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DE GRUYTER Current Directions in Biomedical Engineering 2020;6(3): 20203137 Britta König*, Nika Guberina, Hilmar Kühl, and Waldemar Zylka Validation of iterative CT reconstruction by inter and intra observer performance assessment of artificial lung foci https://doi.org/10.1515/cdbme-2020-3137 Keywords: CT, iterative reconstruction, lung nodule detec- tion, inter– and intra–observer reliability, low–dose, image Abstract: We investigate the suitability of statistical and quality, phantom model-based iterative reconstruction (IR) algorithm strengths and their influence on image quality and diagnostic perfor- mance in low-dose computer tomography (CT) protocols for 1 Introduction and Background lung–cancer screening procedures. We evaluate the inter– and intra–observer performance for the assessment of iterative The Belgian-Dutch randomized-controlled NELSON Trial in CT reconstruction. Artificial lung foci shaped as spheres and 2017 demonstrated a reduction of lung cancer mortality with spicules made from material with calibrated Hounsfield units low-dose computer tomography (LDCT) for high-risk patients were pressed within layered granules in lung lobes of an an- over a 10-year period: men by 26% and women by 61% . thropomorphic phantom. Adaptively, a soft–tissue– and fat– Previously the US Lung Cancer Screening Trial NLST in 2011 extension ring were attached. The phantom with foci was showed a possible relative risk reduction of dying of lung can- scanned using standard high contrast, low-dose and ultra low- cer in the risk group by 20% by performed LDCT screening dose protocols. For reconstruction the IR algorithm ADMIRE procedures, which corresponds to an absolute risk reduction of at four different strength levels were used. Two ranking tests 0.3% . High contrast LDCT-protocols can be used for lung and Friedman statistics were performed. Fleiss 𝜅 and modified foci detection. Established filtered back projection (FBP) as Cohen’s 𝜅 were used to quantify inter– and intra–observer an analytical reconstruction method generates reduced image 𝑛𝑒𝑦 performance. In conjunction with the standard lung kernel quality with LDCT. To meet high quality standards in terms of BL75 radiologists evaluated medium to high IR strength, with dose reduction and image quality, manufacturers created mul- preference to 𝑆 , as suitable for lung foci detection. When tiple solutions: Reduction of tube voltage, automatic tube cur- varying reconstruction kernels the ranking became more ran- rent modulation and iterative reconstruction (IR) as the most dom than with varying phantom diameter. The inter–observer advanced techniques . In this investigation the statistical, reliability shows poor to slight agreement expressed by 𝜅 < 0 model–based IR algorithm ADMIRE (Advanced Modeled It- and 𝜅 = 0 − 0.20. For the intra-observer reliability non– erative Reconstruction) was used [3, 4]. agreement with 𝜅 = 0− 0.20 and moderate agreement with IR reconstruction may outperform traditional analytical 𝑛𝑒𝑦 𝜅 = 0.60− 0.79 for the first ranking test, and almost perfect methods as image impression alters with increasing algorithm 𝑛𝑒𝑦 agreement with 𝜅 > 0.90 for the second ranking test was strength. In fact, in  has been reported that radiologists have 𝑛𝑒𝑦 observed. In conclusion, our validation suggests radiological reservations with regard to IR reconstructed image and its pos- preference of medium to high iteration strengths, especially sible influence on diagnostics. Furthermore, radiologists eval- 𝑆 , for lung foci detection. An investigation of the correlation uated IR images rather different which may be due to profes- between diagnostic experience and the subjective perception sional experience and could mirror their accustoming. We ad- of IR reconstructed CT images still needs to be investigated. dress these issues in this paper and report on a statistical anal- ysis of an inter– and intra–observer performance assessment of artificial lung foci in IR reconstructed CT images. *Corresponding author: Britta König, Westphalian University, Campus Gelsenkirchen, Germany, and University of Duisburg-Essen, email@example.com 2 Materials and methods Nika Guberina, University of Duisburg-Essen, University Hospital Essen, Germany, firstname.lastname@example.org Anthropomorphic Phantom. The commercially-available Hilmar Kühl, St. Bernhard-Hospital Kamp-Lintfort GmbH, anthropomorphic QRM Lung-Nodule Phantom Set including University of Duisburg-Essen, Germany, email@example.com extension rings (QRM GmbH, Möhrendorf, Germany) was Waldemar Zylka, Westphalian University, Campus Gelsenkirchen, Germany, firstname.lastname@example.org Open Access. © 2020 Britta Kö nig et al., published by De Gruyter. This work is licensed under the Creative Commons Attribution 4.0 License. 2 Britta König et al., Validation of iterative CT reconstruction by inter and intra observer assessment used to simulate an adult human chest, displayed in Fig.1(a). The adjustable anatomical model consists of components with calibrated Hounsfield values (HU) of human tissue. In detail, two lung lobes fill-able with lung granules, mediastinum and spine with the soft– tissue section of a chest wall. For material replacements and lung nodule positioning a front– and back– (a) QRM Phantom Set inside CT (b) Top view without front cover cover can be screwed. Furthermore, varying chest diameters can be simulated by fitting soft– tissue– and fat–extension rings (effective diameters = 25/ 30 cm). Replicated lung foci shaped as spheres and spicules were inserted to the phantom, see Fig. 1(b-d). We performed a total of three setups, one with the phantom body and one each with fitted soft tissue and fat ring. (c) Artifical lung foci, spheres (d) Artifical lung foci, spicules CT protocol and reconstruction. The entire raw data ac- quisition was performed on a Somatom Force CT, further spec- Fig. 1: Phantom within the CT-Gantry (a), targets made from ma- ifications in . For each setup three CT dose protocols were terial with calibrated (at 120kV) HU values equal to -690/-50/+100 with color assignment beige/brown/opaque inside phantom on selected: (i) standard high contrast (SHC; 120kV/51mAs), (ii) 25mm layered granules: left lung spicules; right lung spheres (b), low-dose (LD; 120kV/40mAs) and (iii) ultra-low-dose (ULD; and top view of the spherical (diameters 3/5/8/10/12mm) (c) and 120kV/20mAs). Raw data were acquired using FOV 430mm, the speculated targets (diameters 16/20/24mm) (d). rotation time 0.5s, delay 2s, beam collimation 192x0.6mm, deactivated CAREDose4D, slice thickness 1mm, increment 𝛼 = 5% when the number attributes is 𝑘 = 4) to verify the 1mm. Preparations scans and reconstruction were performed randomness of the ranking. To assess inter– and intra–observer as in . The acquired raw data of each protocol were recon- reliability we computed Fleiss 𝜅 and a modification of Cohens structed by utilizing three kernels: BL57 is a standard for lung 𝜅 . The second ranking test (ranktest2) followed the same node detection, BR32 is a soft, and BR69 is hard kernel. The 𝑛𝑒𝑦 procedure but contained images of the phantom body only, images were reconstructed using ADMIRE 𝑆 /𝑆 /𝑆 /𝑆 as 1 3 4 5 with each ring attached, fixed BL57 and varying LDCT pro- axial slices of 5 mm thickness, 5 mm reconstruction increment tocols. with parenchymal lung window (-600/1200HU). Sixty CT im- age series of twenty-five slices were acquired. Subsequent test procedures used the seventeenth slice of all image series. Each CT image was anonymized. Additionally, lung sections were 3 Results selected on the thirty-six images to hide varying phantom di- ameters. Averaged rank sums (𝑟𝑠) over all test sets are displayed in Evaluation methods. In order to rank CT images recon- Fig. 2. The collective result of ranktest1 demonstrate that structed by ADMIRE 𝑆 /𝑆 /𝑆 /𝑆 according to their suit- 1 3 4 5 medium to high 𝑆 (≥ 𝑆 ) were generally rated as higher 𝑟𝑠 ability for lung node detection, the subjective differential tests than lower 𝑆 (≤ 𝑆 ). 𝑆 yields with 𝑟𝑠 = 145 (> 𝑆 with 143; 3 5 3 frequently used in sensor technology were implemented . > 𝑆 with 139) the highest collective 𝑟𝑠 and 𝑆 with 𝑟𝑠 = 112 4 1 Specifically, two ranking test were carried out. The first test the lowest. The assessment of the radiologist with 26 years of (ranktest1) contains images of the phantom body with attached professional practice (ypp) does not follow the collective re- fat ring, varying kernels and LDCT protocols. Pursuant to a sult, whereas the most (32 ypp) and less experienced observers ranking test by four investigation attributes, four (out of the (1 ypp) rated in accordance with the overall result. Collective thirty-six) randomly selected images were randomly placed in 𝑟𝑠 of ranktest2 shows the highest amount with 𝑟𝑠 = 162 for 𝑆 a four field graphic user interface (4GUI). This arrangement (> 𝑆 with 137; > 𝑆 with 132;) and the lowest for 𝑆 with 3 5 1 was presented to a radiologist, who was asked to rank the im- 𝑟𝑠 = 116. The averaged rank sum 𝑟𝑠 of ranktest2 indicate ages in a descending order from rank 1 to rank 4 according to that medium to high IR strength is considered more suitable his perception. One test set contained nine 4GUIs. Six radiol- for the detection of lung foci. Furthermore, a 2.5ypp radiolo- ogists evaluated three test sets. For analyzing the determined gist ranking is entirely contrary to the collective result, while 1 rankings, we add up the set ranks for each investigation at- and 1.5 ypp observers assessments are in line with the collec- tribute over all 4GUIs and get the rank sums (𝑟𝑠). Calculated tive 𝑟𝑠 result. The most experienced observers (6 and 31 ypp) Friedman values (F-values) were compared to the approximate critical value 7.81 (which is the probability of error at level Britta König et al., Validation of iterative CT reconstruction by inter and intra observer assessment 3 Tab. 1: Friedman values calculated of the 𝑟𝑠 of all rankings per set rated similarly to the collective 𝑟𝑠 with a preference for 𝑆 of each radiologist. reconstruction strength. radiologist’s F–values experience ranktest1 ranktest2 [ypp ] Set 1 Set 2 Set 3 Set 1 Set 2 Set 3 1 16,33 14,20 14,73 5,93 14,47 13,40 1,5 10,74 13,93 4,60 11,40 23,13 21,67 2,5 7,27 3,27 8,87 24,60 18,73 16,60 6 3,93 9,40 5,40 24,33 13,67 16,60 26 3,80 8,60 13,67 12,60 12,47 15,80 36 21,93 16,20 23,27 10,33 18,73 21,40 Tab. 2: Inter–observer agreement with Fleiss 𝜅 for each ranking position and set. (a) Average of rank sums of the first test (ranktest1). Ranktest Set Fleiss 𝜅 Pos. 1 Pos. 2 Pos. 3 Pos. 4 1 -0,014 -0,067 0,002 -0,019 1 2 -0,073 -0,057 -0,035 0,038 3 -0,067 -0,032 -0,089 -0,052 1 -0,089 -0,083 -0,021 -0,019 2 2 -0,119 -0,092 -0,056 -0,105 3 -0,102 -0,089 -0,092 -0,137 In order to measure the intra–individual variability of the assessed image positions over all sets per observer at differ- ent times, we calculated a modified Cohen’s 𝜅 . It is well (b) Average of rank sums of the second test (ranktest2). known that the interpretation of Cohen’s 𝜅 does not take into consideration problems with this measure, which may lead to Fig. 2: Averaged rank sums 𝑟𝑠 based on the rank position of the misleading conclusions . Usually Cohen’s 𝜅 is calculated by order (rank) of the images order for (a) ranktest1 and (b) rank- the randomly expected agreement 𝐸 and the observed agree- test2. Radiologists are represented by ypp and color. ment 𝐵 according to 𝜅 = (𝐵 − 𝐸)/(1 − 𝐸) . Instead of 𝐸 we used its modification 𝐶 and receive the modified 𝜅 . 𝑛𝑒𝑦 The F–values listed in Tab. 1 were calculated based on 𝑟𝑠 In 𝐶 only the parts of the marginal distributions of the Co- of each 4GUI ranking per set for every radiologist. Concerning hen’s agreement matrix that also have a part of 𝐵 are taken ranktest1, F–values for radiologists of 1 and 36ypp are higher into consideration. In Fig. 3 𝐵 is plotted as function of 𝜅 , 𝑛𝑒𝑦 than the approximated critical value 7.81 (𝛼 = 5%; 𝑘 = 4). i.e. 𝐵(𝜅 ). It contains n=72 comparisons per test. In rank- 𝑛𝑒𝑦 All other radiologists ranked at least once by random, in total test1 𝜅 ranges between 0 and 0.65 and 𝐵 = 0 − 0.78 and 𝑛𝑒𝑦 seven of eleven F–values are less than 7.81. Fewer random max. incidence was 10. For ranktest2 𝜅 = 0 − 1.00 while 𝑛𝑒𝑦 rankings were found in ranktest2, except in set 1 by radiologist 𝐵 = 0 − 0.89 and max. incidence was 7. The agreement given with 1ypp. In summary, the rankings of ranktest1 were more by 𝜅 results for both tests be interpreted as follows: values 𝑛𝑒𝑦 at random than those of ranktest2. 0.60 − 0.79 indicating moderat as best assessment for rank- Fleiss 𝜅 as statistical measure for inter–observer reliabil- test1, values 0− 0.20 as non occurs less in ranktest2 compared ity for each test set and ranking position of all radiologists is to ranktest1, values 0.80− 0.90 as strong and > 0.90 as almost listed in Tab. 2. For the ranktest1 𝜅 < 0, except for set 1 (Pos. perfect were the highest ratings for ranktest2, interpretation 3) and set 2 (Pos. 4). Concerning ranktest2 we get 𝜅 < 0. Ac- based on . In total intra–observer reliability was higher for cording to  𝜅 < 0 indicate poor and 𝜅 = 0 − 0.20 slight ranktest2 than for ranktest1. agreement. The results represent a differential observers per- ception in terms of the suitability of 𝑆 for lung foci detection. 4 Britta König et al., Validation of iterative CT reconstruction by inter and intra observer assessment ment or multiple-stage categorical assessment. As suspected the inter–observer reliability shows a poor to slight agreement with regard to the ranking procedure. This is an indicator for individual subjective judgments. Negative signs according to Fleiss 𝜅 statistics may indicate systematic errors. For instance, this ranking tasks are related only to the detection of for lung foci and none strict assessment criteria were applied. Due to fields of expertise two radiologists evaluate according to their own criteria, which could have a systematic impact on Fleiss 𝜅. Other potential errors may by due to the use of a not standard- ized monitor. For the intra–observer reliability the observed agreement 𝐵(𝜅 ) has wide variability. All observers have (a) Observed agreement 𝐵(𝜅 ) for ranktest1. 𝑛𝑒𝑦 𝑛𝑒𝑦 confidently selected rank positions 1 and 4, i.e. the best and the worst image. The intra–observer reliability for the inter- mediate rank positions 2 and 3 was significantly lower. In conclusion, our ranking tests suggest radiological pref- erence of medium to high iteration strengths, especially 𝑆 , for lung foci detection. We hypothesise, that in subjective image quality analysis the assessment habits of radiologists are dichotomous- or multiple stage–categorical. An investiga- tion on the correlation between diagnostic experience and the subjective perception of iterative reconstructed CT images is mandatory. Author Statement (b) Observed agreement 𝐵(𝜅 ) of ranktest2. 𝑛𝑒𝑦 Research funding: The author state no funding involved. Con- Fig. 3: The function of the observed agreement 𝐵(𝜅 ) for (a) 𝑛𝑒𝑦 flict of interest: Authors state no conflict of interest. ranktest1 and (b) ranktest2, including color assignment for inci- dence and n=72 comparisons. References 4 Discussion and Conclusion  De Koning H, Van Der Aalst C, Ten Haaf K, et al. Effects of volume CT lung cancer screening: Mortality results of Ranking tests of iterative CT reconstructions show that radi- the NELSON randomized-controlled population based trial. ologists consider medium to high IR strength more suitable Journal of Thoracic Oncology 2018;13:185 for lung foci detection. If clinically applied parameters were  Center for Statistical Sciences, Brown University,Providence, used (BL57, varying phantom diameter), the experiment re- United States of America. The National Lung Screening Trial: veals a noticeable preference of 𝑆 . The correlation of years 4 Overview and Study Design. Radiology 2011;258:243-253.  Siemens Healthineers, Erlangen, Germany. of professional experience and the subjective evaluation of IR  Beister M, Kolditz D, Kalender W A. Iterative reconstruction reconstructed images of various strength cannot be verified ac- methods in X-ray CT. Physica Medica 2012;28:94–108. curately. The most and less experienced observers assessed  König B, Guberina N, Kühl H, Zylka W. Design and first re- similar, differences in fields of expertise and diagnostic ac- sults of a phantom studyon the suitability of iterative recon- customing give further reason to test more observers in order struction for lung-cancer screening with low-dose computer to make a confident statement. The influence of varying ker- tomography. Biomedical Engineering 2018;5:593-596.  Landis J R, Koch G G. The Measurement of Observer Agree- nels (fixed phantom diameter) with IR could be the reason why ment for Categorical Data. Biometrics 1977;33:159-174. more random rankings were obtained, whereas more clinically  Kutschmann M.Private communication 2020. conditions generated only one random ranking. It was found  Wirtz M, Kutchmann M. Analyse der Beurteilerübereinstim- in  that radiologists rate BR69 and BR32 worse than BL57 mung für Kategoriale Daten mittels Cohens Kappa und alter- while evaluating anonymized and randomized single images, nativer Maße. Rehabilitation 2007;46:1-8.  McHugh M L. Interrater reliability: the kappa statistic. Bio- so we expected a reliable ranking even with varying kernels. chemia Medica 2012;22:276-282. Potentially the ranking test method is more challenging for ra- diologists to answer than a dichotomous categorical assess-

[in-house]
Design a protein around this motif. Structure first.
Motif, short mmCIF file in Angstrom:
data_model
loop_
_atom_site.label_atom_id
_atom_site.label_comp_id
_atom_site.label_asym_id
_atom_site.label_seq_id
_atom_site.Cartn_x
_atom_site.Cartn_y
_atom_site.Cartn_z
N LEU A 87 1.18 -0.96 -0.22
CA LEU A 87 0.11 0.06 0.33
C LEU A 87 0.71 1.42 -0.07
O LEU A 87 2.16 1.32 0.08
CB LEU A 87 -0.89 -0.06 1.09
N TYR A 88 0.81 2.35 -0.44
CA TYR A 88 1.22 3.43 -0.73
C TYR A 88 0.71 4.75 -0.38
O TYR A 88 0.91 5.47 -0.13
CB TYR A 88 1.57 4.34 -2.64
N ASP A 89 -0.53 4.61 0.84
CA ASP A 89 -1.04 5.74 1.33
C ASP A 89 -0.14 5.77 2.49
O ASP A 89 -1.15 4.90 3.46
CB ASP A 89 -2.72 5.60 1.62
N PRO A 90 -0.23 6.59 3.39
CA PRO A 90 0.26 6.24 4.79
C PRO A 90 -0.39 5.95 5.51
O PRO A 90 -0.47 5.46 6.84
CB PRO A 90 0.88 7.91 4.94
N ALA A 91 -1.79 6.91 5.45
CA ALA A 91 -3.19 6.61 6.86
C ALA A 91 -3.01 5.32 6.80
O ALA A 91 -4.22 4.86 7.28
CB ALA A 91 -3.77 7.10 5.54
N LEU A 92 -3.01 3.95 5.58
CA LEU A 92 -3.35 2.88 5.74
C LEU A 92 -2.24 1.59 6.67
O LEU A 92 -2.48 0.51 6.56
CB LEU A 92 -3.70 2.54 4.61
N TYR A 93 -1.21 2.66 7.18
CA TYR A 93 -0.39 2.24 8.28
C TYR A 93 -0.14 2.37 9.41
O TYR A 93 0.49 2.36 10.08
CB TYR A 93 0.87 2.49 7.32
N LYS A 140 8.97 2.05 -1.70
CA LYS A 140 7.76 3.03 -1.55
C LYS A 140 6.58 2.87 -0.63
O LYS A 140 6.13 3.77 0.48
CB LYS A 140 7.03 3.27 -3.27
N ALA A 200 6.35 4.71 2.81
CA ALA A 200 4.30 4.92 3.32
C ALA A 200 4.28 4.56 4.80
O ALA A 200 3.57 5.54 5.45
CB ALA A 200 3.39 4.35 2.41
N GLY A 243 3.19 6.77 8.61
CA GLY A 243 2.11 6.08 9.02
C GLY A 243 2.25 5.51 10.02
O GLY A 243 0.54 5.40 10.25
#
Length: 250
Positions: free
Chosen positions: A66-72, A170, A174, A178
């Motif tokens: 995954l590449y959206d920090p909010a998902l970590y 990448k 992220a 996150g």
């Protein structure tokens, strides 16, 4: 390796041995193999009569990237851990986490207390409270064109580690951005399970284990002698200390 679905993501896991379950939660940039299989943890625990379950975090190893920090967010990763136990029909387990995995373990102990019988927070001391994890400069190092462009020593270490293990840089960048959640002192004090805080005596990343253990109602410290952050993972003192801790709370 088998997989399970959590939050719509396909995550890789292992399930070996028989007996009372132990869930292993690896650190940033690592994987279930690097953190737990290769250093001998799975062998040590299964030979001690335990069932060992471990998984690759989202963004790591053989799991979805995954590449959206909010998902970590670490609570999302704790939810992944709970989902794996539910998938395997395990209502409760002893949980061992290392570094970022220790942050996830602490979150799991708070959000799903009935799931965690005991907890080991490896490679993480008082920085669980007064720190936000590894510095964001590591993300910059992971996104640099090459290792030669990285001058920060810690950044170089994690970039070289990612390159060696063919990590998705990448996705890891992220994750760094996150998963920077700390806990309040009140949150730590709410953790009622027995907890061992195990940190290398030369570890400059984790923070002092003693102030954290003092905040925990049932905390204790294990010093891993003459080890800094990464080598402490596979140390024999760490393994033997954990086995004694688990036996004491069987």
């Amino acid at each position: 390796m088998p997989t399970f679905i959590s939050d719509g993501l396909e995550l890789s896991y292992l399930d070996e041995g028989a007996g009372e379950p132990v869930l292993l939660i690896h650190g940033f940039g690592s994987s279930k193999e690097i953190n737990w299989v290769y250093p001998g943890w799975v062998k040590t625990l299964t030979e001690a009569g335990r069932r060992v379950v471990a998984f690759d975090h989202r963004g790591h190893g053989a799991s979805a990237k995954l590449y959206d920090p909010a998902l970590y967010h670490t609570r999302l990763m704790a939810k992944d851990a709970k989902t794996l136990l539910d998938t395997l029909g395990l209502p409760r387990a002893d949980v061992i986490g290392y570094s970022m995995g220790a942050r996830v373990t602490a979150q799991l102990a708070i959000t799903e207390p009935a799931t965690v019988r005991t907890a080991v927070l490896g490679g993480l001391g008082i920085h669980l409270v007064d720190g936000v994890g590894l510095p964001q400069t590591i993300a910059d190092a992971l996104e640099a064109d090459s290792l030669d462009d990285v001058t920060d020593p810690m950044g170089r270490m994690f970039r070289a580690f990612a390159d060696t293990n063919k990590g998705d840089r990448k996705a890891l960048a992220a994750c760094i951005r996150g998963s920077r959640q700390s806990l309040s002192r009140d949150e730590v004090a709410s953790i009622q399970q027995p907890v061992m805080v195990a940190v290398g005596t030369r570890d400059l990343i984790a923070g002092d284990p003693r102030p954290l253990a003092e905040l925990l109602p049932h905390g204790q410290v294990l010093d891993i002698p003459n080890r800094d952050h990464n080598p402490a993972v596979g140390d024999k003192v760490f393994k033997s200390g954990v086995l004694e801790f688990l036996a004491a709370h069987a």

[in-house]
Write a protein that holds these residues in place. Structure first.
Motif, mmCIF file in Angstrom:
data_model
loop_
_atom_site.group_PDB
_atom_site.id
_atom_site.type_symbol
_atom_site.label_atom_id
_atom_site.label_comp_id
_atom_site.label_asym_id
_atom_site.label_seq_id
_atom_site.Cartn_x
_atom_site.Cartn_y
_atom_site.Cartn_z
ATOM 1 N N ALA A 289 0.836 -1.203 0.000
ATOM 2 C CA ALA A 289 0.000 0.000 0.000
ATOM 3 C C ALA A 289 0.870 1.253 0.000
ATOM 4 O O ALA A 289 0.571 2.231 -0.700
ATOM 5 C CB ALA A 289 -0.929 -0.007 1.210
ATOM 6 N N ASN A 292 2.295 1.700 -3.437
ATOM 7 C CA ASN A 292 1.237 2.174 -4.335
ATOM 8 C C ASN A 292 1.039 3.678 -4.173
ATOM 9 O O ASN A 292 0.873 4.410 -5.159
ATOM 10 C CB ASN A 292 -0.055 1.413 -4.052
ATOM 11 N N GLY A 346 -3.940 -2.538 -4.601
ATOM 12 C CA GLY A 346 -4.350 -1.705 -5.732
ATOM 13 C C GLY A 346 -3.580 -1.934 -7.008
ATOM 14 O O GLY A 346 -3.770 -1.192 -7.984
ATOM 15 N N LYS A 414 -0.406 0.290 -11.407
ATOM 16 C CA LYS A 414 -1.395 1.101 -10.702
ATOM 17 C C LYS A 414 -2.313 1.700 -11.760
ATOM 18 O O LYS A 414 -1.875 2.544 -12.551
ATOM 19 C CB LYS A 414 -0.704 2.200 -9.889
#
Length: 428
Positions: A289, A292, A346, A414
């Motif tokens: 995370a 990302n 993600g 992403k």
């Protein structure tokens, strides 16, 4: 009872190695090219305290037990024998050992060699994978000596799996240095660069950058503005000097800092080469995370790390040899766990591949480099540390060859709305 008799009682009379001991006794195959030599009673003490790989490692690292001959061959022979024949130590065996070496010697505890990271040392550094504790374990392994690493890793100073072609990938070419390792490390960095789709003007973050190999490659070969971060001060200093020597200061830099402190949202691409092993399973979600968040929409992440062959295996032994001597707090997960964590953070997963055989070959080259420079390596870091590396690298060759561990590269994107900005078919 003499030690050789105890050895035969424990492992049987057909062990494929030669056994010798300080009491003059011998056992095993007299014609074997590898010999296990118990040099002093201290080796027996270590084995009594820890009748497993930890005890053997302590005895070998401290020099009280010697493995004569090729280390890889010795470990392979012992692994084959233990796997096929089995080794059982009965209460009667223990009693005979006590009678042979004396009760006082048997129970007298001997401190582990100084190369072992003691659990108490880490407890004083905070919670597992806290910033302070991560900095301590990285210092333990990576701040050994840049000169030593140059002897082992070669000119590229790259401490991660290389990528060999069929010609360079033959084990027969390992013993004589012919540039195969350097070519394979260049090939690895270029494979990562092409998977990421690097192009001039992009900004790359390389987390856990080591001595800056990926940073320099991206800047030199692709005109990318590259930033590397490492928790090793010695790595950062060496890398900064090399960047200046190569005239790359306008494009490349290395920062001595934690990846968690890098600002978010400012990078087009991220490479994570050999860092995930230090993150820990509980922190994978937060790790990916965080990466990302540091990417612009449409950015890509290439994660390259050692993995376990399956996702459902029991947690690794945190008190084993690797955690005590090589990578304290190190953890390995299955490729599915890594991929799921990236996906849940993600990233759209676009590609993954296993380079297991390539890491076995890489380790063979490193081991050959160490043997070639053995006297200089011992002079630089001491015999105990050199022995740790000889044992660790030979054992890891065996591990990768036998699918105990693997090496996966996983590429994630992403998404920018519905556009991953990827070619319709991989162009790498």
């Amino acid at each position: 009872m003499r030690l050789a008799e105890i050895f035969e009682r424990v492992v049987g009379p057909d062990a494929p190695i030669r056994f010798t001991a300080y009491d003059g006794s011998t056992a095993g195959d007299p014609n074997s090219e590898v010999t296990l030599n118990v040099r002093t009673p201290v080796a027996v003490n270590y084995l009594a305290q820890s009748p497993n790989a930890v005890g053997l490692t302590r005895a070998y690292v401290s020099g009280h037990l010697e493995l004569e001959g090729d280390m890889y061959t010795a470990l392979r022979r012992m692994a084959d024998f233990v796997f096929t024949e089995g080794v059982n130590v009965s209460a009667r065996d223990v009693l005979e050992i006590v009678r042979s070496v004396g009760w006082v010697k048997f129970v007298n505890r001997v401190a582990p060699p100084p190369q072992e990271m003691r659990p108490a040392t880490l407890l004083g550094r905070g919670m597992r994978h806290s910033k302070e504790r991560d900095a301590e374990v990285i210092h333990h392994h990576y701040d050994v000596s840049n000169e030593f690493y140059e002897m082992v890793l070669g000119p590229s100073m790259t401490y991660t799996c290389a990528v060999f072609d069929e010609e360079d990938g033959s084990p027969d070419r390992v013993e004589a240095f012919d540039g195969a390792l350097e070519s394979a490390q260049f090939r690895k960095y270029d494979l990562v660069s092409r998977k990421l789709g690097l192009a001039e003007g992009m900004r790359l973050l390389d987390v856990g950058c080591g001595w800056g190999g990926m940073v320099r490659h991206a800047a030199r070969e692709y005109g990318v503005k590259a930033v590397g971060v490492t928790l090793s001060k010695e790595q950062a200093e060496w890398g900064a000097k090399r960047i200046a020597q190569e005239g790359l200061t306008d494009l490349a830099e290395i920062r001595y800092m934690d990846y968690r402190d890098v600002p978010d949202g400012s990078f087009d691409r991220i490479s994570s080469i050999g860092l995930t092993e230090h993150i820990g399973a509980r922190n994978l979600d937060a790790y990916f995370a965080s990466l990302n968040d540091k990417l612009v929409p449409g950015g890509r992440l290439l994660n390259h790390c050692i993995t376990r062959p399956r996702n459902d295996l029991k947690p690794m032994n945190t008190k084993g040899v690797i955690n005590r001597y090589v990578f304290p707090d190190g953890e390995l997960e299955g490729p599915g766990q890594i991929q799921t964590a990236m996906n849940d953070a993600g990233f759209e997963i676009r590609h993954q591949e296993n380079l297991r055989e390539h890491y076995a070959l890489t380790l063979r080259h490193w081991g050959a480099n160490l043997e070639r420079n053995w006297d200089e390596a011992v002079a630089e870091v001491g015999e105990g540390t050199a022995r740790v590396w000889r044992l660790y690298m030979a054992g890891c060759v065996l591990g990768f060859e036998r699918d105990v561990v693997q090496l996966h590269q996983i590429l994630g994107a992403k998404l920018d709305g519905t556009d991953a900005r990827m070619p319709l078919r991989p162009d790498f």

Current Directions in Biomedical Engineering – de Gruyter
Published: Sep 1, 2020
Keywords: CT; iterative reconstruction; lung nodule detection; inter- and intra-observer reliability; low-dose; image quality; phantom